The Wood Buffalo Food Bank Association picked up boxes of food from Save-on-Foods today and there was no receipt at the end of the trip.
The food bank has partnered with the grocery chain and Loop Resource for a new food waste diversion program.
The Loop program works with grocery stores to collect food that would be thrown in the trash, due to damaged packaging or approaching expiration dates, and donate it to local food banks or farmers.
On Tuesday, the Wood Buffalo Food Bank picked up its first boxes of salvaged food from downtown Save-on-Foods.
Colin Samson, warehouse manager for the Wood Buffalo Food Bank, has been working to set up the program in Fort McMurray for several years, but issues like the pandemic and the 2020 floods have delayed the project.
“It’s something we’ve wanted to do for a long time and to finally see it happen is an amazing feeling,” Samson said.
“I don’t want to see food go to landfill.”
Samson said the program will not replace the food in average food baskets, but will supplement and offer certain items that are not usually included due to price.
“There will just be things in there that we can’t afford to give away,” Samson said. “In the one we just loaded, I noticed there was a pile of cheese in it.”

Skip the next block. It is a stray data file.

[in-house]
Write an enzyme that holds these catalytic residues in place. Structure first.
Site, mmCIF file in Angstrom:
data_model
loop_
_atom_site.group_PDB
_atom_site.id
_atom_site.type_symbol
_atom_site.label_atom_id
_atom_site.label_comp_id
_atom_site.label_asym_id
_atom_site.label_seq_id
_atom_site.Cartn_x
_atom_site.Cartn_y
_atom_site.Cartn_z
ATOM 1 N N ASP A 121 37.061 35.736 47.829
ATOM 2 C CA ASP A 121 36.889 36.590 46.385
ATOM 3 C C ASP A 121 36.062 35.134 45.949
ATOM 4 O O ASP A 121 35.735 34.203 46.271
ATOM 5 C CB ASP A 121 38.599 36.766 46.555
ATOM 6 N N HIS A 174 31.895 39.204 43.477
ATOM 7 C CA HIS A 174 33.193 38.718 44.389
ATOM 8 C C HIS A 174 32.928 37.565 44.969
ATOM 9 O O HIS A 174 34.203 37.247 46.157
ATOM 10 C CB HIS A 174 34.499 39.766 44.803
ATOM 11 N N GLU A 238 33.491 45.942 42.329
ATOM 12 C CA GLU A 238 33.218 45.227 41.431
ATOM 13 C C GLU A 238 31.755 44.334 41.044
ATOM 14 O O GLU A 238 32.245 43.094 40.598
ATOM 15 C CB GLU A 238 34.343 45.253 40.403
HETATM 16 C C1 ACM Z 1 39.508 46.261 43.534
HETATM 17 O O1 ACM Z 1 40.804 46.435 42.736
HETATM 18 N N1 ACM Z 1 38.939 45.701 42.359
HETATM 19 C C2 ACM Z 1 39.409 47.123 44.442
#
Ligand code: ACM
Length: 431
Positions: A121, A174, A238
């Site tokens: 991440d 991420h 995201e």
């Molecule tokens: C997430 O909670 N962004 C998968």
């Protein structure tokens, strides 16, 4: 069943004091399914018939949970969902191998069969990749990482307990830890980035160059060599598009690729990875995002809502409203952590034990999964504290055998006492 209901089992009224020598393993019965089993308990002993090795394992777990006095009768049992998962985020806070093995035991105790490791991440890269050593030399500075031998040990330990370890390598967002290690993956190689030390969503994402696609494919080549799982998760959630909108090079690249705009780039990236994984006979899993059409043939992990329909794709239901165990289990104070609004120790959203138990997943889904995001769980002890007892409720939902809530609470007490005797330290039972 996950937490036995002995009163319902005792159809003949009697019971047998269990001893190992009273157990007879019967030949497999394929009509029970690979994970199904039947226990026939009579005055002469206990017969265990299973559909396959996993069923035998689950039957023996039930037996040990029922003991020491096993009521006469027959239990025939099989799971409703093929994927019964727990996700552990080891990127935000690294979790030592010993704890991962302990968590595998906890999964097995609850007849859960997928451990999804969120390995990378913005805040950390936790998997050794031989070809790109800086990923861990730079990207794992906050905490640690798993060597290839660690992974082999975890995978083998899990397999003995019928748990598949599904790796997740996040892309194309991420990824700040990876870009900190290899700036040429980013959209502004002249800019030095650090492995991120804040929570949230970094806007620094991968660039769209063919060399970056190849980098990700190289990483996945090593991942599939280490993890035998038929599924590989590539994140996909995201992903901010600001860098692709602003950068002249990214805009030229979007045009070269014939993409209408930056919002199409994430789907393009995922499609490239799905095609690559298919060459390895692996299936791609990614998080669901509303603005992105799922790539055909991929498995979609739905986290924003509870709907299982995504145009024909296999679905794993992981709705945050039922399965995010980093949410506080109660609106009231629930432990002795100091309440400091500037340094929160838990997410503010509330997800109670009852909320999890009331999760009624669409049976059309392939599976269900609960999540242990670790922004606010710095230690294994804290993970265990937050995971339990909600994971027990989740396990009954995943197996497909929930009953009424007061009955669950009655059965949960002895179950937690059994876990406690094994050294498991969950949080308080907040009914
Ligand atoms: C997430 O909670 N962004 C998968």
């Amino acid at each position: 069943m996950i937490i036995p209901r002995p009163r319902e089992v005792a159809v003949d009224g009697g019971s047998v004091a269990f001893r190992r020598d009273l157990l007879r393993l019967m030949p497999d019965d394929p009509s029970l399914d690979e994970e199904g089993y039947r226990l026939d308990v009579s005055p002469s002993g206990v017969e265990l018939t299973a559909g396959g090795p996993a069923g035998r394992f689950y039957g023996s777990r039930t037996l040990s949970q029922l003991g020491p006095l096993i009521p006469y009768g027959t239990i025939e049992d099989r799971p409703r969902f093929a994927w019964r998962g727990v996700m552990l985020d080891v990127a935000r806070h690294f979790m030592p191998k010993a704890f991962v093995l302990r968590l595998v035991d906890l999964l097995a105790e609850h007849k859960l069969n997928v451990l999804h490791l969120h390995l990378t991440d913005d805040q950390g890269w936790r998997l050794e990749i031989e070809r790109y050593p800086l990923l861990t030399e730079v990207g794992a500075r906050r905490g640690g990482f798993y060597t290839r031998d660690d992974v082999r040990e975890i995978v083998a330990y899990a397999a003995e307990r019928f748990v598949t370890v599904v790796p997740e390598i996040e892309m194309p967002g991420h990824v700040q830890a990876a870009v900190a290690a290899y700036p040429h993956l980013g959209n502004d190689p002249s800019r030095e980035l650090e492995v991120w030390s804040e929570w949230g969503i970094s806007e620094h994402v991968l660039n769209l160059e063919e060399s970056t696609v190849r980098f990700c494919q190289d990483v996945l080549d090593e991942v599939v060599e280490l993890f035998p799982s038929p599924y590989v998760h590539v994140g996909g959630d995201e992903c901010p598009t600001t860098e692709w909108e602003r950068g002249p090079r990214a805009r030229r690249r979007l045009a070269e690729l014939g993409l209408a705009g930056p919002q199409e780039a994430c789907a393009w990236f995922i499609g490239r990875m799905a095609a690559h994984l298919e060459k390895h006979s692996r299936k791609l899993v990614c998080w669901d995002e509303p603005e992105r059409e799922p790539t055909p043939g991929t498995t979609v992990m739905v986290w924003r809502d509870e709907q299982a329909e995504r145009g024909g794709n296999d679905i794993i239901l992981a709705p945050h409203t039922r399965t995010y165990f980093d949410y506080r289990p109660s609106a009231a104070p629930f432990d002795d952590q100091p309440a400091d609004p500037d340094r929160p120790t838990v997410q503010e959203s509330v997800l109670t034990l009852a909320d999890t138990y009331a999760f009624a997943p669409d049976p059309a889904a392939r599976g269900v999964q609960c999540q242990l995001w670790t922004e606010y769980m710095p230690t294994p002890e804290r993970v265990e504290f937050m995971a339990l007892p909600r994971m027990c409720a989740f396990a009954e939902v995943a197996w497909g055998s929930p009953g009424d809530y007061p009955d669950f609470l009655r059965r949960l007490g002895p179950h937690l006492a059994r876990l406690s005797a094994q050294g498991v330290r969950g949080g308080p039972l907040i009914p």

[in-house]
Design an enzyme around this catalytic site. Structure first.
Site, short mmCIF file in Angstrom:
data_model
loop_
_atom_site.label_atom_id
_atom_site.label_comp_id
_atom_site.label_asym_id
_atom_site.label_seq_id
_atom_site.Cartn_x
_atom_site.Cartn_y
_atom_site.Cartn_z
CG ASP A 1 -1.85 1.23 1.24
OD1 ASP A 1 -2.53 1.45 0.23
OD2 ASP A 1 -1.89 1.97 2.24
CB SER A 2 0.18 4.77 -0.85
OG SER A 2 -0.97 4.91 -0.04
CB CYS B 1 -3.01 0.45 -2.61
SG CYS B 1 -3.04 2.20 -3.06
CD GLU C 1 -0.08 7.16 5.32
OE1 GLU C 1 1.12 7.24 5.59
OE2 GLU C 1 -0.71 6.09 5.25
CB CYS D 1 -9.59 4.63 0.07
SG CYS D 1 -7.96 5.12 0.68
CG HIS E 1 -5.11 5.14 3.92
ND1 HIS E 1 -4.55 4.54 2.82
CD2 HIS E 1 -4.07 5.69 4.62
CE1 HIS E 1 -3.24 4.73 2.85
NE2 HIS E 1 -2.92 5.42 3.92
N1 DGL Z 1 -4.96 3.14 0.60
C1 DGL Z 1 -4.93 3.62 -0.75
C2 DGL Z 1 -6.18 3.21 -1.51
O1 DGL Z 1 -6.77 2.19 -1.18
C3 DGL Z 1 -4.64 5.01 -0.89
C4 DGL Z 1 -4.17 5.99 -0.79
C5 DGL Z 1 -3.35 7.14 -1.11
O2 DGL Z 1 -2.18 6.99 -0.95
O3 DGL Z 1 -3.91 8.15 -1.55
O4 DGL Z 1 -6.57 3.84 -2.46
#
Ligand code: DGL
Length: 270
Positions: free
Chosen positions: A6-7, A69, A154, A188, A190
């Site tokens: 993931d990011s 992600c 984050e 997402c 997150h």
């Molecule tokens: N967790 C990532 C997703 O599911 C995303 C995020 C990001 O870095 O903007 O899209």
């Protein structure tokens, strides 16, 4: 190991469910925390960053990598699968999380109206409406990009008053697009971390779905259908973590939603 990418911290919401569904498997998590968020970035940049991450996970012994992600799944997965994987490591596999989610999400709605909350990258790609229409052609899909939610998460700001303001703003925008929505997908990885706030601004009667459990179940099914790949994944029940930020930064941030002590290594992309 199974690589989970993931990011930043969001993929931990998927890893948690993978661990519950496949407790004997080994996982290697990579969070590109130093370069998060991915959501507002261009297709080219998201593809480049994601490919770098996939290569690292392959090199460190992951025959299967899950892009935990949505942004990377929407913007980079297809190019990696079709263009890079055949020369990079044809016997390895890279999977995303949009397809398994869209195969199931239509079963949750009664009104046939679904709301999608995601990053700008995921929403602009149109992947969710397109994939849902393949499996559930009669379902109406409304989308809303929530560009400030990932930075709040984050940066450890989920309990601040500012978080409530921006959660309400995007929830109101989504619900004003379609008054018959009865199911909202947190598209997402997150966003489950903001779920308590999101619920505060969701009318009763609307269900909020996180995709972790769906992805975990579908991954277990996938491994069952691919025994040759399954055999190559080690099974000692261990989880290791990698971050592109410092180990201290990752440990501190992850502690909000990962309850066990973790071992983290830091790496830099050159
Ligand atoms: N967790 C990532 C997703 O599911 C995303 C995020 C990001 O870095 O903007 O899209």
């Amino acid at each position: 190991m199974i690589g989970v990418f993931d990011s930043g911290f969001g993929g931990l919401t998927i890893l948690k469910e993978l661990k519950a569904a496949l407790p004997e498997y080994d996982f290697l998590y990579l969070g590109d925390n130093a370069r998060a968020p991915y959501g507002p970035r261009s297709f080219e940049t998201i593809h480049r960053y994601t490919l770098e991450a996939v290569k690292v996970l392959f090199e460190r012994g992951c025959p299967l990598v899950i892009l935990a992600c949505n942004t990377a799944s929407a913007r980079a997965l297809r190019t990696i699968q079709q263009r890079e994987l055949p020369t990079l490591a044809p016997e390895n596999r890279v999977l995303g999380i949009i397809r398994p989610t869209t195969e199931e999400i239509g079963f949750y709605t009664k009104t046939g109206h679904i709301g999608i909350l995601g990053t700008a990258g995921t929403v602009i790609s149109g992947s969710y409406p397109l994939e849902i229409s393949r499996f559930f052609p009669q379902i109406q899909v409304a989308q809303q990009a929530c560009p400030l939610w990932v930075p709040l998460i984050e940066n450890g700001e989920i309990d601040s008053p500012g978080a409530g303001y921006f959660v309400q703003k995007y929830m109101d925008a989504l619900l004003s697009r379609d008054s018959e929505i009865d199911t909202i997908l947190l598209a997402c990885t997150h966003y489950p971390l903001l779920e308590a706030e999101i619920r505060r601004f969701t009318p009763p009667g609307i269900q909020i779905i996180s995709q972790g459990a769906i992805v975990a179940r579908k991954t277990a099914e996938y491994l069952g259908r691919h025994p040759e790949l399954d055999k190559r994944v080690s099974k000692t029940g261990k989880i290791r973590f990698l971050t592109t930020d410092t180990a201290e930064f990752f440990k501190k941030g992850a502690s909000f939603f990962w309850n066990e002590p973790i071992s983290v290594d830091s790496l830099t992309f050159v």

The food bank feeds approximately 160 families per week.
Cathy Weiss, manager of the downtown Save-on-Foods store, said the program will help reduce waste.
“It should normally go down in the compactor and not be used for anything else,” Weiss said.
Every day, store employees go through and remove expired products from the shelves.
“We can save what we can now and help families in need,” Weiss said.
She estimates that there’s about a palette or two of products each day they can save.
The Loop program will be run at all three Save-on-Foods in Fort McMurray.
Paul Eckersley, manager of the Save-on-Foods store in Thickwood, said he had already participated in the program when he worked in British Columbia and that it diverts about 90% of food waste.
“The amount of food we throw away as a company was staggering and now to see how Loop has changed that is quite remarkable,” Eckersley said.
“In retail, a lot of food, there’s nothing wrong with it, it could be a packaging issue…and it’s not good enough to sell, but it’s definitely good enough to eat,” Eckersley said.
Jaime White, new project manager at Loop, said food that is not good enough for human consumption is then given to farmers to feed their livestock. Part of the meat will be given to sled dogs or farm dogs.
White said 11 farmers in the Wood Buffalo area will be able to get feed from the program for their animals. All farmers are hobby farmers and backyard producers.
White said the addition of the Loop program to Fort McMurray means every Save-on-Foods west of Manitoba participates in a food diversion program.